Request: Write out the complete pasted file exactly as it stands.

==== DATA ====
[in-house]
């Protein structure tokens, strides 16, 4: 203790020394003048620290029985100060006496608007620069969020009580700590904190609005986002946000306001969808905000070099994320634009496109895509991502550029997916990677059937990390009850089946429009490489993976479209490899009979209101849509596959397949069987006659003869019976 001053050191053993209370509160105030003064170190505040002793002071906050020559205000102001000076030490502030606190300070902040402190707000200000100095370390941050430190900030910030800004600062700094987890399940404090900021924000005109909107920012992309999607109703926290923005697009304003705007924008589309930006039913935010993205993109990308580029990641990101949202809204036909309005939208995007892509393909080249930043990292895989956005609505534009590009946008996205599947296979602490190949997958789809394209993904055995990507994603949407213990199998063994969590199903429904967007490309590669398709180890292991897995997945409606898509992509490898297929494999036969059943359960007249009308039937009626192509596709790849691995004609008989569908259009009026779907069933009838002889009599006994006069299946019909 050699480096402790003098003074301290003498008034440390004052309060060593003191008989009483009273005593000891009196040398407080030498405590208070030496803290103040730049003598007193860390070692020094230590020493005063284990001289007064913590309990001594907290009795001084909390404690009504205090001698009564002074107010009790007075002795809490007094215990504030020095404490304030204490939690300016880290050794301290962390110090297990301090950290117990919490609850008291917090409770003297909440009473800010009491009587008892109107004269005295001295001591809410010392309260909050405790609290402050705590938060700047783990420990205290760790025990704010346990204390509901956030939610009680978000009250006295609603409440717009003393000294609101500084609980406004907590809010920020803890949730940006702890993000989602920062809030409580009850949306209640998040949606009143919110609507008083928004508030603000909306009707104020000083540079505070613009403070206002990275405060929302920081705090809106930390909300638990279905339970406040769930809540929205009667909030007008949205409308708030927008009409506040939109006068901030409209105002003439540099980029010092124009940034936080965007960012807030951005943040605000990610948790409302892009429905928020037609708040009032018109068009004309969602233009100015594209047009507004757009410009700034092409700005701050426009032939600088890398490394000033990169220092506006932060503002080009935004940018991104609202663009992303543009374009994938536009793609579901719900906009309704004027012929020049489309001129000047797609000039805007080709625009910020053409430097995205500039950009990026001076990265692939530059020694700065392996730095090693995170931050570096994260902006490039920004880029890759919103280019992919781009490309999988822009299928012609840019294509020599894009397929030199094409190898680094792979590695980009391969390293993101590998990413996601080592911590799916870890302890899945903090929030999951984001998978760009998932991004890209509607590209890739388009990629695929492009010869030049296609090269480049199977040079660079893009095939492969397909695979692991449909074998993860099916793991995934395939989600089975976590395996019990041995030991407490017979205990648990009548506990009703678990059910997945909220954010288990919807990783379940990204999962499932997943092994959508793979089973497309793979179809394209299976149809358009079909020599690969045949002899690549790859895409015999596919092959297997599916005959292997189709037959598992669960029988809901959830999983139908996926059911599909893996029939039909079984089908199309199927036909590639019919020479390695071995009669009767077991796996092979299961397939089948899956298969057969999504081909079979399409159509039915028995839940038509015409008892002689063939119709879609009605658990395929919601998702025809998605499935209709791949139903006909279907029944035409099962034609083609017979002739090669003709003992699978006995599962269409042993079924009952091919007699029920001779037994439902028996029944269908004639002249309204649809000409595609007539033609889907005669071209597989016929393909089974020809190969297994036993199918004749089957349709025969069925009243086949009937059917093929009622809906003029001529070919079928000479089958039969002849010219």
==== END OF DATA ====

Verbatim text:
[in-house]
């Protein structure tokens, strides 16, 4: 203790020394003048620290029985100060006496608007620069969020009580700590904190609005986002946000306001969808905000070099994320634009496109895509991502550029997916990677059937990390009850089946429009490489993976479209490899009979209101849509596959397949069987006659003869019976 001053050191053993209370509160105030003064170190505040002793002071906050020559205000102001000076030490502030606190300070902040402190707000200000100095370390941050430190900030910030800004600062700094987890399940404090900021924000005109909107920012992309999607109703926290923005697009304003705007924008589309930006039913935010993205993109990308580029990641990101949202809204036909309005939208995007892509393909080249930043990292895989956005609505534009590009946008996205599947296979602490190949997958789809394209993904055995990507994603949407213990199998063994969590199903429904967007490309590669398709180890292991897995997945409606898509992509490898297929494999036969059943359960007249009308039937009626192509596709790849691995004609008989569908259009009026779907069933009838002889009599006994006069299946019909 050699480096402790003098003074301290003498008034440390004052309060060593003191008989009483009273005593000891009196040398407080030498405590208070030496803290103040730049003598007193860390070692020094230590020493005063284990001289007064913590309990001594907290009795001084909390404690009504205090001698009564002074107010009790007075002795809490007094215990504030020095404490304030204490939690300016880290050794301290962390110090297990301090950290117990919490609850008291917090409770003297909440009473800010009491009587008892109107004269005295001295001591809410010392309260909050405790609290402050705590938060700047783990420990205290760790025990704010346990204390509901956030939610009680978000009250006295609603409440717009003393000294609101500084609980406004907590809010920020803890949730940006702890993000989602920062809030409580009850949306209640998040949606009143919110609507008083928004508030603000909306009707104020000083540079505070613009403070206002990275405060929302920081705090809106930390909300638990279905339970406040769930809540929205009667909030007008949205409308708030927008009409506040939109006068901030409209105002003439540099980029010092124009940034936080965007960012807030951005943040605000990610948790409302892009429905928020037609708040009032018109068009004309969602233009100015594209047009507004757009410009700034092409700005701050426009032939600088890398490394000033990169220092506006932060503002080009935004940018991104609202663009992303543009374009994938536009793609579901719900906009309704004027012929020049489309001129000047797609000039805007080709625009910020053409430097995205500039950009990026001076990265692939530059020694700065392996730095090693995170931050570096994260902006490039920004880029890759919103280019992919781009490309999988822009299928012609840019294509020599894009397929030199094409190898680094792979590695980009391969390293993101590998990413996601080592911590799916870890302890899945903090929030999951984001998978760009998932991004890209509607590209890739388009990629695929492009010869030049296609090269480049199977040079660079893009095939492969397909695979692991449909074998993860099916793991995934395939989600089975976590395996019990041995030991407490017979205990648990009548506990009703678990059910997945909220954010288990919807990783379940990204999962499932997943092994959508793979089973497309793979179809394209299976149809358009079909020599690969045949002899690549790859895409015999596919092959297997599916005959292997189709037959598992669960029988809901959830999983139908996926059911599909893996029939039909079984089908199309199927036909590639019919020479390695071995009669009767077991796996092979299961397939089948899956298969057969999504081909079979399409159509039915028995839940038509015409008892002689063939119709879609009605658990395929919601998702025809998605499935209709791949139903006909279907029944035409099962034609083609017979002739090669003709003992699978006995599962269409042993079924009952091919007699029920001779037994439902028996029944269908004639002249309204649809000409595609007539033609889907005669071209597989016929393909089974020809190969297994036993199918004749089957349709025969069925009243086949009937059917093929009622809906003029001529070919079928000479089958039969002849010219």